Michigan should make community college free for everyone and give merit-based scholarships to high school graduates who attend the state’s public universities, a commission formed by Gov. Rick Snyder said in a report that also recommends abolishing grade levels and instead advancing students only once they master content.
The study recommends universal access to preschool for all 4-year-olds — not just disadvantaged and lower-income ones — and state aid to help pay for school buildings in higher-poverty districts and those used by publicly funded charter schools.
Another key recommendation proposes seeking a 2018 constitutional amendment to give the governor more sway over education policy by having direct oversight of the state education department. The governor’s K-12 powers are currently limited outside of funding decisions.
The panel says it could cost nearly $2.5 billion more annually to implement every recommendation. And that may be a conservative estimate.
But the 25-member commission, which Snyder created last March and whose members were named in May, says lawmakers and the governor must confront bleak realities in Michigan’s education system. Michigan is 42nd in state aid for community colleges and universities and had the fifth-largest decline over the past five years. It has the fourth-highest tuition levels.
“Declining resources relative to other states is a likely cause of Michigan’s recent poor performance relative to other states,” the report said.
The Republican governor, who has less than two years left in office, called the report a “blueprint” that can be used long into the future. Gains already have been made in some areas identified in the report — such as expanded early childhood education — but there clearly is more work to be done in other areas, he said.
Snyder in particular praised the appeal for competency-based learning, an “out-of-the-box” model in which there is less focus on a seat time and grade levels and more on allowing students to progress as they master academic subjects regardless of the pace of learning.
“I think that’s far overdue,” he said at a news conference with commission members in Detroit. “Are you qualified in a subject matter? If you’re qualified in that subject matter, you may have to take a little bit longer or you could go much faster.”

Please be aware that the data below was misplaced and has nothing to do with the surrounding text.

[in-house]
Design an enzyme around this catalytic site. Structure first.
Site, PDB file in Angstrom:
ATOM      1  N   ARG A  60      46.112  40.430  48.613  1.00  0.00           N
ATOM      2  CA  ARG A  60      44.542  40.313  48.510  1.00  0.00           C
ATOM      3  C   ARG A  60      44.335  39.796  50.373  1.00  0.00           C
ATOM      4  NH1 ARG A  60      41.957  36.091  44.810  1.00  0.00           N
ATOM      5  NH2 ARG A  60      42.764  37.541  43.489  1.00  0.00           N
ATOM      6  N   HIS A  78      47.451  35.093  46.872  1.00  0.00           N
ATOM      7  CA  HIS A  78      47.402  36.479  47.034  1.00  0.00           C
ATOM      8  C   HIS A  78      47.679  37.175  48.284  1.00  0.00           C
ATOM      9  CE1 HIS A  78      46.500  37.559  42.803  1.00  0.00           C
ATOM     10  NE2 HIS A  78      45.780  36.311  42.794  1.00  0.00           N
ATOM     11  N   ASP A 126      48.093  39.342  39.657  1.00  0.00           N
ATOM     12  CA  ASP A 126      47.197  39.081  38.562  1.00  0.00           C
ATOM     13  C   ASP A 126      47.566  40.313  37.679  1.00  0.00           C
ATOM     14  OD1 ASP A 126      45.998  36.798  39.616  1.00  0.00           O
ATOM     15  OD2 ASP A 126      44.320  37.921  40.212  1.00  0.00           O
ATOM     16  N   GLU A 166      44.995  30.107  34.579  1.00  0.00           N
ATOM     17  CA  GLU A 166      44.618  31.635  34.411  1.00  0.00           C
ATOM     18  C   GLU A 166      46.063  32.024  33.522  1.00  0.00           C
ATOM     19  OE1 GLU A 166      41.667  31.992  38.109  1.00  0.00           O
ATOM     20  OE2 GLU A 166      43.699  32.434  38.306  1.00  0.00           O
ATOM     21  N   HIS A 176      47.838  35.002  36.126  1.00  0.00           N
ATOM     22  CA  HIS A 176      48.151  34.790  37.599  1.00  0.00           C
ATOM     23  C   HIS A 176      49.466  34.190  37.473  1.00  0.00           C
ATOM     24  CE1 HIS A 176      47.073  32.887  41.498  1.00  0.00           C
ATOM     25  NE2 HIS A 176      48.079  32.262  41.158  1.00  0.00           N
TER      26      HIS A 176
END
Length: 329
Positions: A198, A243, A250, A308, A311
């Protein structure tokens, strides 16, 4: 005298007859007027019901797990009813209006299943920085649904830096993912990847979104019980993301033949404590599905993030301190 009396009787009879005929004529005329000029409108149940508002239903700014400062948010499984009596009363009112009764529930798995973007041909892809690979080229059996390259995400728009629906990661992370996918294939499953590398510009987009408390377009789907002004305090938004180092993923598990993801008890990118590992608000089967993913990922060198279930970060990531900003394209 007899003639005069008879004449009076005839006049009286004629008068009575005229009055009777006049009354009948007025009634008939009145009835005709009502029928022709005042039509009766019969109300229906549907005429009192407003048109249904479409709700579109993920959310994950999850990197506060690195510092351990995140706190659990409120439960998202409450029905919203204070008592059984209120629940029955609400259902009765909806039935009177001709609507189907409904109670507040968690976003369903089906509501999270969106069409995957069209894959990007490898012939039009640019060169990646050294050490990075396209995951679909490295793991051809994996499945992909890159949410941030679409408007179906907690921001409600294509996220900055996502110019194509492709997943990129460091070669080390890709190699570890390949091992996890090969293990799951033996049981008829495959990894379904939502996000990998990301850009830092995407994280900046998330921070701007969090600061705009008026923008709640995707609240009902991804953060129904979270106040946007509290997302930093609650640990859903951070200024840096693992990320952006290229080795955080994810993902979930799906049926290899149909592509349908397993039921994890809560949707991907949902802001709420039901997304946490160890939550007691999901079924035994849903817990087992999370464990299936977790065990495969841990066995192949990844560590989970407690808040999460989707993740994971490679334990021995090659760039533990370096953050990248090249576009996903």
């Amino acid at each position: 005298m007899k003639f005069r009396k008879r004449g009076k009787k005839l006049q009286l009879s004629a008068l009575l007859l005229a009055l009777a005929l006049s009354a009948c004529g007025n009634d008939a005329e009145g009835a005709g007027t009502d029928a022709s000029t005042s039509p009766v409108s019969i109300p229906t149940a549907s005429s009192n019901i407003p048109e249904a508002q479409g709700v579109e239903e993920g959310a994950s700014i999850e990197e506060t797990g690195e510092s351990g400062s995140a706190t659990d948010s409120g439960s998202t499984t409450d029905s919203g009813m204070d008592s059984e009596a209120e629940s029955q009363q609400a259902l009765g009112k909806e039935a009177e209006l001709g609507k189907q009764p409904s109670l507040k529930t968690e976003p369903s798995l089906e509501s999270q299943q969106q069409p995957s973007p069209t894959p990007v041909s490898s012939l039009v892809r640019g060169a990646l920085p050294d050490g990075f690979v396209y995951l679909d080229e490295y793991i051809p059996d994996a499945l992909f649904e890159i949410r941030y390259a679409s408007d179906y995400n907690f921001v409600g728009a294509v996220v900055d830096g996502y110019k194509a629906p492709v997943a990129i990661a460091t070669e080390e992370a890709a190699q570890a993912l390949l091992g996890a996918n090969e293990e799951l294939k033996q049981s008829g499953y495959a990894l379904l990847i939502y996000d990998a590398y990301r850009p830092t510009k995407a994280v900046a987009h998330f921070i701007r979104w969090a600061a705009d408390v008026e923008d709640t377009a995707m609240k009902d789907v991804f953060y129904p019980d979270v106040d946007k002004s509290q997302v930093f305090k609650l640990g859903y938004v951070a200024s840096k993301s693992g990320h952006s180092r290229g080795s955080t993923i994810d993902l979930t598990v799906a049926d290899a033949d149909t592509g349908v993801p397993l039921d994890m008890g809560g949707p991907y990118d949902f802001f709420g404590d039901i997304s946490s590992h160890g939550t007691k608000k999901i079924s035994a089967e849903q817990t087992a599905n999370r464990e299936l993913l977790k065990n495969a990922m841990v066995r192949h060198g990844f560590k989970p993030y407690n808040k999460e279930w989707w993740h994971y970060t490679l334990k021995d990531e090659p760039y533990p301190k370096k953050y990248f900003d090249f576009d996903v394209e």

The report recommends providing scholarships to attend a state university to high school graduates with a 3.0 GPA or higher. Michigan had broad-based scholarship programs from 2000 to 2009, but they ended due to budget cuts amid the Great Recession.
Other recommendations include:
— improving the state’s teacher colleges by setting higher admission standards and requiring yearlong uniform residencies in which would-be teachers are trained by “master” teachers.
— determining how much base K-12 funding is needed to ensure schools can meet performance benchmarks.
— ensuring every student has a career/college counselor.
— providing additional funding to educate disadvantaged students.
— urging lawmakers to support a ballot measure that would ask voters to choose one of three options to better align education policy decision making that currently is dispersed: letting the governor appoint members of the state Board of Education who currently are elected; having the governor directly appoint the state superintendent and abolishing the board that now hires the state’s top education official; or changing the board by removing partisan nominations and expanding its membership to include gubernatorial appointments.
The commission’s chairman, Grand Valley State University President Thomas Haas, said improving student outcomes must be the “North Star” for Michigan leaders.
“Please accept this challenge to act now,” he said.